Examples of Poems with Hyperbole

Instructor: Lindsey Coley
This lesson will feature a discussion about what hyperbole is, how it works with figurative language, and how it is used in poetry. Included are examples of poetry that contain hyperbolic language.

A Crazy Thing Called Hyperbole!

Have you ever heard someone say they were so hungry they could chew their own arm off? Or maybe that they were so hungry they could eat a horse? Now have you ever seen anyone do either of those things? Unless you were part of the Donner party in 1846, hopefully not!

These kinds of statements are called hyperbole. When a person uses hyperbole, they are exaggerating to emphasize a point. They were never really intending to eat a horse or chew their arm off. The true meaning of their statement is that this person is very, very hungry. (Though it might be best to stay out of their way just in case, right?!)

Hyperbole and Figurative Language

Hyperbole is created through the use of figurative language, which is language that has meaning beyond what the words plainly say. Take our earlier example about someone being so hungry they could eat a horse. Because we know that person doesn't want to actually eat a horse, we have to figure out what they really mean. Since they are talking about eating a very large animal, we can figure out what they really mean. They are incredibly hungry. They've used figurative language through an example of hyperbole to describe that hunger.

The Use of Hyperbole in Poetry

Hyperbole in poetry or literature is when a statement is exaggerated to affect the reader, make an image stand out, or to get a point across more strongly.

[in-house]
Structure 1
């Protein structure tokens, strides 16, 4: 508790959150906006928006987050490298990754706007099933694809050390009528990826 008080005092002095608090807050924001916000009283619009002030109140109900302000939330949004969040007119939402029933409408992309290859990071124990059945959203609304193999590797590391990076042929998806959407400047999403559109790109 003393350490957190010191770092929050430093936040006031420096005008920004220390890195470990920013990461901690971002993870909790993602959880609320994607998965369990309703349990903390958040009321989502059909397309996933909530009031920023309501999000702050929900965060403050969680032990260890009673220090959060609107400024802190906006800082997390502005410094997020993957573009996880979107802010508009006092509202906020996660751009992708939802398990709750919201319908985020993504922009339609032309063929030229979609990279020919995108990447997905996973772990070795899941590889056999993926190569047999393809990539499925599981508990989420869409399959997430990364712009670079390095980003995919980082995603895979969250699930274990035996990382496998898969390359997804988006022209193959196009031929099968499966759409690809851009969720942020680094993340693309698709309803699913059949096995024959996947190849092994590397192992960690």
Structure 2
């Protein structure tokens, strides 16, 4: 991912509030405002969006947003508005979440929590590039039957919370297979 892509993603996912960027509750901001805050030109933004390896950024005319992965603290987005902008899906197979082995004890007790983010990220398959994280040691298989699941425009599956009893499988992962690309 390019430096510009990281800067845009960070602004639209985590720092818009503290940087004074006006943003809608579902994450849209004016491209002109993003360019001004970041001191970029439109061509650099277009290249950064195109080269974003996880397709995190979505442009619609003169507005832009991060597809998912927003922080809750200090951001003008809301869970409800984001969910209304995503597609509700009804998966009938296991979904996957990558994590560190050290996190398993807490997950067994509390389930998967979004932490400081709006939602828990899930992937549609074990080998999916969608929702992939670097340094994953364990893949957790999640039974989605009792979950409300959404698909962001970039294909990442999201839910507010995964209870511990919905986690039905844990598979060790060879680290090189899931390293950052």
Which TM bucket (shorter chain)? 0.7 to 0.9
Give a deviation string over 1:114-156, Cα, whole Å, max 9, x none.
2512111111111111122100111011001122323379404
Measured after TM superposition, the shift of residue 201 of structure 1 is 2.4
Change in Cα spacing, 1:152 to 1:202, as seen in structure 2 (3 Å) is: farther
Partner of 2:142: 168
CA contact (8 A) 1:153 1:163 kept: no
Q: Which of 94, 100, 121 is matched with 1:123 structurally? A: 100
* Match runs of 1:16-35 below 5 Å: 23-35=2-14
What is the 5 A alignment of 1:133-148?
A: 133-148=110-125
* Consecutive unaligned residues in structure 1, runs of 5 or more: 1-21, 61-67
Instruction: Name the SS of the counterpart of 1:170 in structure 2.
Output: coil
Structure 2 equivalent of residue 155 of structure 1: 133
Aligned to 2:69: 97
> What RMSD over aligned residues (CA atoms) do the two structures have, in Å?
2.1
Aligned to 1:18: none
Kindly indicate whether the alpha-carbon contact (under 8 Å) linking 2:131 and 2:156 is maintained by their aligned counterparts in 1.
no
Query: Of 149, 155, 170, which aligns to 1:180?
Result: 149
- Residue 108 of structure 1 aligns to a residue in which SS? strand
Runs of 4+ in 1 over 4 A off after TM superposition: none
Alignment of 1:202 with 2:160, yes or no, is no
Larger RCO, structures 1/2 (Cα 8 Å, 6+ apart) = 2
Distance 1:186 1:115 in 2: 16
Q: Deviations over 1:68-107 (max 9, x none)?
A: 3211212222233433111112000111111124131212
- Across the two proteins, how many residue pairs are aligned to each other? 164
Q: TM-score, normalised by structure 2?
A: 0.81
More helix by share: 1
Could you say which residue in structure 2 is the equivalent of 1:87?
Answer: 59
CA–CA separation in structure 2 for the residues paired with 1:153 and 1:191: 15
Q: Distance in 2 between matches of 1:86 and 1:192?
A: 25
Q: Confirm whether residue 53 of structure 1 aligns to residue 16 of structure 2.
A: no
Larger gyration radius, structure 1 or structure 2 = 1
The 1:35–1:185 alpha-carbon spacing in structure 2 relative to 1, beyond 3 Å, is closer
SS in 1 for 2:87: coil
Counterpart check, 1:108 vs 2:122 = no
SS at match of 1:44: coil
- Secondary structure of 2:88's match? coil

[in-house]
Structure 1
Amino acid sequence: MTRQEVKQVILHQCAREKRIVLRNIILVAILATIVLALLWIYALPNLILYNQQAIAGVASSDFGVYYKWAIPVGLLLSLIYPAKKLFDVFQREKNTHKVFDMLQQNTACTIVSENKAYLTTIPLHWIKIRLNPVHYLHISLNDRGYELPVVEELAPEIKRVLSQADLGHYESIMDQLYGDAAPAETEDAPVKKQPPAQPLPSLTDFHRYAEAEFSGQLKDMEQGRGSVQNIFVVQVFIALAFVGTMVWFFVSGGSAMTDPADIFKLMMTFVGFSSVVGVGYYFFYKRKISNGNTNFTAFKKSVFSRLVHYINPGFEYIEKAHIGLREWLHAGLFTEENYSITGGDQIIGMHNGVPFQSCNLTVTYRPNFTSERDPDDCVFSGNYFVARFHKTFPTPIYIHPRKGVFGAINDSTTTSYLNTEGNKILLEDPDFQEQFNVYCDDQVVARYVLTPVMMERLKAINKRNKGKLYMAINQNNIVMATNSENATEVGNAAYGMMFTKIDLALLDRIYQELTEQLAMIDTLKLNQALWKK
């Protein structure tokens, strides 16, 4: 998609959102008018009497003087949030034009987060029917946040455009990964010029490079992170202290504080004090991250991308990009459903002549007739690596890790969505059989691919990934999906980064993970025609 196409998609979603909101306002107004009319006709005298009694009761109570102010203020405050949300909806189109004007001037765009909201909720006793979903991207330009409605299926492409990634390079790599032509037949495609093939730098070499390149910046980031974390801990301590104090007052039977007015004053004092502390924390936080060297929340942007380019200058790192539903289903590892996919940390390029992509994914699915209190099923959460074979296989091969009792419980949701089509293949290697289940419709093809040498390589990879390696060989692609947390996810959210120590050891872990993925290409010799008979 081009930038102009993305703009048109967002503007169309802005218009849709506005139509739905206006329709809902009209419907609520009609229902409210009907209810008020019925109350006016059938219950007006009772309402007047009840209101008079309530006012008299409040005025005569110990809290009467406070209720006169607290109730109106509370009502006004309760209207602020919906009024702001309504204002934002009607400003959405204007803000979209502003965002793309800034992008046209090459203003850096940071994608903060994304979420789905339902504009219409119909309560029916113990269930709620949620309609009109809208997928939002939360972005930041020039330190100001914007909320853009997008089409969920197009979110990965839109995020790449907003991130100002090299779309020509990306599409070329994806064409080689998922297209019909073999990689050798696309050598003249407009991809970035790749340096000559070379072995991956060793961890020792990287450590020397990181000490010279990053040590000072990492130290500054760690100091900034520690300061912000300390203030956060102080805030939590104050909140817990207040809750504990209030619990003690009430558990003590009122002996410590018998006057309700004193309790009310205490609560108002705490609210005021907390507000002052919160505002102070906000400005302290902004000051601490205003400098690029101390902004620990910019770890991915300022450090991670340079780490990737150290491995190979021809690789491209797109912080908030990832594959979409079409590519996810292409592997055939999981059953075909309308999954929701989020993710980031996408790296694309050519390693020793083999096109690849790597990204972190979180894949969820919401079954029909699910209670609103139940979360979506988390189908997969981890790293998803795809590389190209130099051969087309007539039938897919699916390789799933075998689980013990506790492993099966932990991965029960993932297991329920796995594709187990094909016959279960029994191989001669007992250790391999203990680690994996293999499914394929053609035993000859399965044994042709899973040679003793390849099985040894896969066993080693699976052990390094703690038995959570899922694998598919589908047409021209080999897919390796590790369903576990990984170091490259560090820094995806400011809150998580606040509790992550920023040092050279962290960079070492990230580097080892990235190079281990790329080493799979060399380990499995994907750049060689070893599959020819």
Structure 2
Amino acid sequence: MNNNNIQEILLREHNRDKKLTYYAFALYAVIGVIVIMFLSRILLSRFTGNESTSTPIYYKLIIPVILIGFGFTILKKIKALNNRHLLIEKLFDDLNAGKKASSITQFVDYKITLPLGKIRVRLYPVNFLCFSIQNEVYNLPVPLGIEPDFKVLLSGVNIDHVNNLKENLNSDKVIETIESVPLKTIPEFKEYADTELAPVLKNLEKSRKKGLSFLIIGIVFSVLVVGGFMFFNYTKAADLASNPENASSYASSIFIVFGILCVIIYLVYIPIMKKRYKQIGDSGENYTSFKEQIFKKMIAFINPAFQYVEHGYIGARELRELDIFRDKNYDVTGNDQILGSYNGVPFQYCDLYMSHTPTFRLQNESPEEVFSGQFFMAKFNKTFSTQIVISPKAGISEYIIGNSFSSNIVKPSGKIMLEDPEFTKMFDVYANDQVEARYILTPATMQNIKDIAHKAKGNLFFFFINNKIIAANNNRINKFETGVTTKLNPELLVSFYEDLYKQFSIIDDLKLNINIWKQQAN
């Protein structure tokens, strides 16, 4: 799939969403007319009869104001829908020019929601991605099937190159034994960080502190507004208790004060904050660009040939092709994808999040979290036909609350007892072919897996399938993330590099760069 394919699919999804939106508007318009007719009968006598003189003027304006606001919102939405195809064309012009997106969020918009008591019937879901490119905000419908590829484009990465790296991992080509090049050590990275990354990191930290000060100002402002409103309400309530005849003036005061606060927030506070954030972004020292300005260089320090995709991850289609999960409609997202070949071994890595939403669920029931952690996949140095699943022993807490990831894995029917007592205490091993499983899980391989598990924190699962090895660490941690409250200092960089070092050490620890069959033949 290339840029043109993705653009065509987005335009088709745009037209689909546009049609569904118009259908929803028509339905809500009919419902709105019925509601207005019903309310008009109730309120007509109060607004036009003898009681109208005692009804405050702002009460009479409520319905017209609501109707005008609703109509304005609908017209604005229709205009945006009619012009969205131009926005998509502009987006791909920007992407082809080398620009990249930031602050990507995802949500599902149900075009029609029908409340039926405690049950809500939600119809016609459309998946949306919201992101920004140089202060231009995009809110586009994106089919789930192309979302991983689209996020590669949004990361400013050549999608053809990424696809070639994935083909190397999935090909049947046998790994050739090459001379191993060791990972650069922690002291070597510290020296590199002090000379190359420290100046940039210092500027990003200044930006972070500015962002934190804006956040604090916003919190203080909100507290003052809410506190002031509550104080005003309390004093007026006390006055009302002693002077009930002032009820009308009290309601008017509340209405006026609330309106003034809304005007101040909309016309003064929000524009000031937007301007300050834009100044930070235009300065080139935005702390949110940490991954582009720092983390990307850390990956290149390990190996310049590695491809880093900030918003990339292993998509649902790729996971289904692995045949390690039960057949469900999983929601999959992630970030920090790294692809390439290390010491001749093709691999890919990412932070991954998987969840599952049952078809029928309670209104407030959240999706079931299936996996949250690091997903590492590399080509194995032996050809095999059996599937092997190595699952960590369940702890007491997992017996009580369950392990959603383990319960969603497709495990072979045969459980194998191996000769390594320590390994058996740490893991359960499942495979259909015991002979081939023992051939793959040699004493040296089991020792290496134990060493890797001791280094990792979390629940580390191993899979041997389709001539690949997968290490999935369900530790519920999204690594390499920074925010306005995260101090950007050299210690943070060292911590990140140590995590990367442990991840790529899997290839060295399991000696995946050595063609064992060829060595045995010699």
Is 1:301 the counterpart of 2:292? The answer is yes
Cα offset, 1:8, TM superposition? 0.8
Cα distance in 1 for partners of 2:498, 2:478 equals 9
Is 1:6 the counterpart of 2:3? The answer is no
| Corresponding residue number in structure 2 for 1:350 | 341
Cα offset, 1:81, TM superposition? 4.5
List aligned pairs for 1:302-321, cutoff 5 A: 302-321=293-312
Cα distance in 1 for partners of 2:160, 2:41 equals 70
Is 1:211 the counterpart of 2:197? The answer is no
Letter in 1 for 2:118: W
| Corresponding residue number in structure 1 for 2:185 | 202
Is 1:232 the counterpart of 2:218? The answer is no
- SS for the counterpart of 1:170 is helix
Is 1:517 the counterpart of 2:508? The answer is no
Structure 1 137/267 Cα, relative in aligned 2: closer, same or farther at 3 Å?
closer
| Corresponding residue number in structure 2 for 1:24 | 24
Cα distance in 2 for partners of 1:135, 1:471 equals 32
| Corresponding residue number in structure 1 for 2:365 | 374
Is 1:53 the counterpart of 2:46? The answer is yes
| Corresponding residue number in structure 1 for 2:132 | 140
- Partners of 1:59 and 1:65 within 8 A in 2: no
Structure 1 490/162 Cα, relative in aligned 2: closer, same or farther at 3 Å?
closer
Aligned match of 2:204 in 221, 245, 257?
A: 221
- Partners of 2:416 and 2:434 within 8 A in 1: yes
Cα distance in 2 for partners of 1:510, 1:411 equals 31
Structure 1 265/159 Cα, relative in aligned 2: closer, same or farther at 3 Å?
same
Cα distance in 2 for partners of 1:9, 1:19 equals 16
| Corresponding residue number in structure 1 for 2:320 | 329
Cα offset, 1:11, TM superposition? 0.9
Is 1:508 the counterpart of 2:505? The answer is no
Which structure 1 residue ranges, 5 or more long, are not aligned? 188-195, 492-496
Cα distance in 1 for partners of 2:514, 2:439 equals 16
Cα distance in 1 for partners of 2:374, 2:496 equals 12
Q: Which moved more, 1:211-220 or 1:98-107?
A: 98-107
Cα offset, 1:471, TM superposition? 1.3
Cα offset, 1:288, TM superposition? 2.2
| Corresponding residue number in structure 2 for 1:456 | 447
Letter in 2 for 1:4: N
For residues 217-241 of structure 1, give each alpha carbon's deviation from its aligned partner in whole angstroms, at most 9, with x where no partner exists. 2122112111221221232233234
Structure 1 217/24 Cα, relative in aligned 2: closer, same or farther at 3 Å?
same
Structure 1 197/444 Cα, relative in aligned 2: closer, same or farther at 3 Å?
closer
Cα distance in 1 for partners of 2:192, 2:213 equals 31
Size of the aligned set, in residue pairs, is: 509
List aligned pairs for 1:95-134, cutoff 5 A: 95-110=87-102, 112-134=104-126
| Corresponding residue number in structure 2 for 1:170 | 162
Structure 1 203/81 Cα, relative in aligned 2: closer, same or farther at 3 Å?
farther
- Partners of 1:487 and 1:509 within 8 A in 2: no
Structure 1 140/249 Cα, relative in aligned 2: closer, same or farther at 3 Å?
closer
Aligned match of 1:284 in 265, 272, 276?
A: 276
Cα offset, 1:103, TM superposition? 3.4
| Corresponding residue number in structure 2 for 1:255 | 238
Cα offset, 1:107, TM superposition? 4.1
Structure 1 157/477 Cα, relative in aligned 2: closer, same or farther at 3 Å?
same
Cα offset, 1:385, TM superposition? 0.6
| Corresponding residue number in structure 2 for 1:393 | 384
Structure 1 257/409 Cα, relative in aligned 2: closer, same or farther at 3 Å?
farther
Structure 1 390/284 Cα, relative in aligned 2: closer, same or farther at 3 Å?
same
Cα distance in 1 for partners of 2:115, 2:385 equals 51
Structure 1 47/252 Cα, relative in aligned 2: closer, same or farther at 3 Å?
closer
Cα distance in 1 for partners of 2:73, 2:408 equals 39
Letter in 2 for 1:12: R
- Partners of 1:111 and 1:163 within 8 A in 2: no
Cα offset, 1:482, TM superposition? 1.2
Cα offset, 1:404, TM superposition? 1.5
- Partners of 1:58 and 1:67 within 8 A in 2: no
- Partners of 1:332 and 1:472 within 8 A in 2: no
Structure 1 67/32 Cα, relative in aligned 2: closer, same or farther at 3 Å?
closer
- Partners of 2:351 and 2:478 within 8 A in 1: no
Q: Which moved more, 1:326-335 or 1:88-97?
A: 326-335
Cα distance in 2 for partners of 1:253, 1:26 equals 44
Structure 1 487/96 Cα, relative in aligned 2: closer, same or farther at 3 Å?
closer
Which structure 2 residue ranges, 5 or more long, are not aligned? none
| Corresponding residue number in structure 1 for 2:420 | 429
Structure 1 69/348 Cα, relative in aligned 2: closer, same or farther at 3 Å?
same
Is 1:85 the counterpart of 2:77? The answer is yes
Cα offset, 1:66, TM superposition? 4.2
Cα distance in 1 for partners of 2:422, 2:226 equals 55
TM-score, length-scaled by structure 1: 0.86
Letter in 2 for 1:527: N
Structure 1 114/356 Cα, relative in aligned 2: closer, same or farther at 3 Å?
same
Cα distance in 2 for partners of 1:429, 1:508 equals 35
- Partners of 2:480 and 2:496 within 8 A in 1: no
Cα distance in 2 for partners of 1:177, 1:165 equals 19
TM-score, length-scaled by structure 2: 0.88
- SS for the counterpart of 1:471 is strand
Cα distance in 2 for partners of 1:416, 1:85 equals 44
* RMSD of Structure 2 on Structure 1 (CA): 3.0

For example, maybe you are the poet and you are writing about a really bad day you had. You want the reader to understand how thoroughly miserable it was, but you really need to drive the point home and pull the reader into your misery. Saying it was a terrible, horrible day just doesn't cut it. Anyone can say, 'Hey, I had a really terrible, horrible day.' It stinks, but it probably won't stick with another person for very long. You might instead say it was a day full of clouds so black they crawled into the trees and clung to the ground and whispered evil things.

Now we know clouds aren't living creatures. They don't have mouths, brains, hands, intentions, etc. Clouds can't willfully choose to cling or to crawl along the trees or ground. But we can understand through this hyperbolic image that something awful happened that day. The image we see is very ominous and sticks with the reader in a very visceral and emotional way. We've all seen a storm come in and the blackness of the clouds. This image builds from something we know into the idea of something worse than that to create knowledge that the writer must mean it is a horrible day they are describing. This idea comes from hyperbole.

Examples of Hyperbole in Poetry

One of the most common uses of hyperbole in poetry is to exaggerate the idea of love or beauty. W.H. Auden writes in his poem 'As I Walked Out One Evening' that he will love the subject of the poem 'Till China and Africa meet.'

Can you imagine loving someone until China and Africa meet? Probably not, because you are hopefully aware that China and Africa are in two different places that will not come together in a lifetime we know of. Auden is telling us his love will last until an impossible thing happens. Through hyperbole we can clearly gather that he will love the other person for a very long time. His hyperbole captures our attention and imagination and drives home the idea of his love being grand and enduring.

Another example of hyperbole in poetry can be found in Edna St. Vincent Millay's 'What lips my lips have kissed, and where, and why.' She writes, 'the rain/ Is full of ghosts tonight, that tap and sigh/ Upon the glass and listen for reply.'

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